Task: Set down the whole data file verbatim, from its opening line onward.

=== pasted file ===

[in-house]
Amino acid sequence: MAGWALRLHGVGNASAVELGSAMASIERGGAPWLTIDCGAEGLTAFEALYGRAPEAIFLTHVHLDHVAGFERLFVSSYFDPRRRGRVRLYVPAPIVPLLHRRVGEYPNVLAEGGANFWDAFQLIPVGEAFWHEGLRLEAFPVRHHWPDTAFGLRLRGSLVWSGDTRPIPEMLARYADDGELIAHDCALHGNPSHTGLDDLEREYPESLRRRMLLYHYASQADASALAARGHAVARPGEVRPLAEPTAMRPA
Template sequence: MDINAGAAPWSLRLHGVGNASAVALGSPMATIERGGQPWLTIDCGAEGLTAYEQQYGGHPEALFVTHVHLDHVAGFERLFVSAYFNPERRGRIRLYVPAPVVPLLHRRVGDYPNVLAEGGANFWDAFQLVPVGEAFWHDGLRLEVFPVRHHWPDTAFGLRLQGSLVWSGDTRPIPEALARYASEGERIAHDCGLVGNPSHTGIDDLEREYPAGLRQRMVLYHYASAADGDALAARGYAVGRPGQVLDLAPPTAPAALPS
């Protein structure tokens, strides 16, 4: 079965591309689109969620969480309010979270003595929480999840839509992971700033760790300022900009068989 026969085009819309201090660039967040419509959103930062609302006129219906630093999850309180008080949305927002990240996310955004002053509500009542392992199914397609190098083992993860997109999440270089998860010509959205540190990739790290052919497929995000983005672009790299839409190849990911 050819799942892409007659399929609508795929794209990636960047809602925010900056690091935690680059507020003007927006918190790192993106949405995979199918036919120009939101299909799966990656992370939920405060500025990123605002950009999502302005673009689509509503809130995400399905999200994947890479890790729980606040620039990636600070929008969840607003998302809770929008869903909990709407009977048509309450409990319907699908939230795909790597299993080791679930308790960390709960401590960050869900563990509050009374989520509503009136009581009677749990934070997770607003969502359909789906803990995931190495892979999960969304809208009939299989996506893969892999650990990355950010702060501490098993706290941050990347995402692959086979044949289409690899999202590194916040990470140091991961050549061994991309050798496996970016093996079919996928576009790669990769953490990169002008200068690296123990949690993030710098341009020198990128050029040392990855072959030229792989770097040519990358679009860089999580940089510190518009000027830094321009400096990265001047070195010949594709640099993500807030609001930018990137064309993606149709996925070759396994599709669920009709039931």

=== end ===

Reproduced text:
[in-house]
Amino acid sequence: MAGWALRLHGVGNASAVELGSAMASIERGGAPWLTIDCGAEGLTAFEALYGRAPEAIFLTHVHLDHVAGFERLFVSSYFDPRRRGRVRLYVPAPIVPLLHRRVGEYPNVLAEGGANFWDAFQLIPVGEAFWHEGLRLEAFPVRHHWPDTAFGLRLRGSLVWSGDTRPIPEMLARYADDGELIAHDCALHGNPSHTGLDDLEREYPESLRRRMLLYHYASQADASALAARGHAVARPGEVRPLAEPTAMRPA
Template sequence: MDINAGAAPWSLRLHGVGNASAVALGSPMATIERGGQPWLTIDCGAEGLTAYEQQYGGHPEALFVTHVHLDHVAGFERLFVSAYFNPERRGRIRLYVPAPVVPLLHRRVGDYPNVLAEGGANFWDAFQLVPVGEAFWHDGLRLEVFPVRHHWPDTAFGLRLQGSLVWSGDTRPIPEALARYASEGERIAHDCGLVGNPSHTGIDDLEREYPAGLRQRMVLYHYASAADGDALAARGYAVGRPGQVLDLAPPTAPAALPS
């Protein structure tokens, strides 16, 4: 079965591309689109969620969480309010979270003595929480999840839509992971700033760790300022900009068989 026969085009819309201090660039967040419509959103930062609302006129219906630093999850309180008080949305927002990240996310955004002053509500009542392992199914397609190098083992993860997109999440270089998860010509959205540190990739790290052919497929995000983005672009790299839409190849990911 050819799942892409007659399929609508795929794209990636960047809602925010900056690091935690680059507020003007927006918190790192993106949405995979199918036919120009939101299909799966990656992370939920405060500025990123605002950009999502302005673009689509509503809130995400399905999200994947890479890790729980606040620039990636600070929008969840607003998302809770929008869903909990709407009977048509309450409990319907699908939230795909790597299993080791679930308790960390709960401590960050869900563990509050009374989520509503009136009581009677749990934070997770607003969502359909789906803990995931190495892979999960969304809208009939299989996506893969892999650990990355950010702060501490098993706290941050990347995402692959086979044949289409690899999202590194916040990470140091991961050549061994991309050798496996970016093996079919996928576009790669990769953490990169002008200068690296123990949690993030710098341009020198990128050029040392990855072959030229792989770097040519990358679009860089999580940089510190518009000027830094321009400096990265001047070195010949594709640099993500807030609001930018990137064309993606149709996925070759396994599709669920009709039931």